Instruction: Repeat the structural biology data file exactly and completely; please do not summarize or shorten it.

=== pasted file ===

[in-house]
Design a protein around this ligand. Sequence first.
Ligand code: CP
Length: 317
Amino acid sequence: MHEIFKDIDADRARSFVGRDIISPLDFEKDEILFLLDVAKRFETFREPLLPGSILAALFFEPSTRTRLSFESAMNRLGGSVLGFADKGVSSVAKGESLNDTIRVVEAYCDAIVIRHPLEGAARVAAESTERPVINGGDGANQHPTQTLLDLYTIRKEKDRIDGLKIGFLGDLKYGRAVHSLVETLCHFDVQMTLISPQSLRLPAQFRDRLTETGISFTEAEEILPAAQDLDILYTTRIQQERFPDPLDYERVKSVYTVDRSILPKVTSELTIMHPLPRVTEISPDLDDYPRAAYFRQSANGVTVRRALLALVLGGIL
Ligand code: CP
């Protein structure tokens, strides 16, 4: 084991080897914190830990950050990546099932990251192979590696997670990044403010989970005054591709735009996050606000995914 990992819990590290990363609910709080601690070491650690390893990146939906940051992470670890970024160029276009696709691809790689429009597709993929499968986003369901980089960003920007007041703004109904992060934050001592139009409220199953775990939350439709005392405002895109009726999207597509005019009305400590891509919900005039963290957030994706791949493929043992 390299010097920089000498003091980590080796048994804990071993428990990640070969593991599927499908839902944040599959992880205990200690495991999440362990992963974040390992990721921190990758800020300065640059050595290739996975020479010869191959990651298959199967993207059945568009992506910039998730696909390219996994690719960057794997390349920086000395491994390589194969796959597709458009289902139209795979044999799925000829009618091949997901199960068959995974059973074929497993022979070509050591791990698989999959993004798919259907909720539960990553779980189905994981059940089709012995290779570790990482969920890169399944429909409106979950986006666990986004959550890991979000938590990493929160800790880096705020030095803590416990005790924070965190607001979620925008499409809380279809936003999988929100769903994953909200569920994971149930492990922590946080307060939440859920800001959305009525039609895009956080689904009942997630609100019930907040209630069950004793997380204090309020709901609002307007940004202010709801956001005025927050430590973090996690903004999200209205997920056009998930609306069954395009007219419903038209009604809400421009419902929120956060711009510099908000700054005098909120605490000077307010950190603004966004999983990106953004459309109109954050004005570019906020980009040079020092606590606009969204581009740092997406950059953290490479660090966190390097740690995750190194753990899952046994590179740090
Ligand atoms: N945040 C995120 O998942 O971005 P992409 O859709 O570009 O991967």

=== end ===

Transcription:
[in-house]
Design a protein around this ligand. Sequence first.
Ligand code: CP
Length: 317
Amino acid sequence: MHEIFKDIDADRARSFVGRDIISPLDFEKDEILFLLDVAKRFETFREPLLPGSILAALFFEPSTRTRLSFESAMNRLGGSVLGFADKGVSSVAKGESLNDTIRVVEAYCDAIVIRHPLEGAARVAAESTERPVINGGDGANQHPTQTLLDLYTIRKEKDRIDGLKIGFLGDLKYGRAVHSLVETLCHFDVQMTLISPQSLRLPAQFRDRLTETGISFTEAEEILPAAQDLDILYTTRIQQERFPDPLDYERVKSVYTVDRSILPKVTSELTIMHPLPRVTEISPDLDDYPRAAYFRQSANGVTVRRALLALVLGGIL
Ligand code: CP
């Protein structure tokens, strides 16, 4: 084991080897914190830990950050990546099932990251192979590696997670990044403010989970005054591709735009996050606000995914 990992819990590290990363609910709080601690070491650690390893990146939906940051992470670890970024160029276009696709691809790689429009597709993929499968986003369901980089960003920007007041703004109904992060934050001592139009409220199953775990939350439709005392405002895109009726999207597509005019009305400590891509919900005039963290957030994706791949493929043992 390299010097920089000498003091980590080796048994804990071993428990990640070969593991599927499908839902944040599959992880205990200690495991999440362990992963974040390992990721921190990758800020300065640059050595290739996975020479010869191959990651298959199967993207059945568009992506910039998730696909390219996994690719960057794997390349920086000395491994390589194969796959597709458009289902139209795979044999799925000829009618091949997901199960068959995974059973074929497993022979070509050591791990698989999959993004798919259907909720539960990553779980189905994981059940089709012995290779570790990482969920890169399944429909409106979950986006666990986004959550890991979000938590990493929160800790880096705020030095803590416990005790924070965190607001979620925008499409809380279809936003999988929100769903994953909200569920994971149930492990922590946080307060939440859920800001959305009525039609895009956080689904009942997630609100019930907040209630069950004793997380204090309020709901609002307007940004202010709801956001005025927050430590973090996690903004999200209205997920056009998930609306069954395009007219419903038209009604809400421009419902929120956060711009510099908000700054005098909120605490000077307010950190603004966004999983990106953004459309109109954050004005570019906020980009040079020092606590606009969204581009740092997406950059953290490479660090966190390097740690995750190194753990899952046994590179740090
Ligand atoms: N945040 C995120 O998942 O971005 P992409 O859709 O570009 O991967």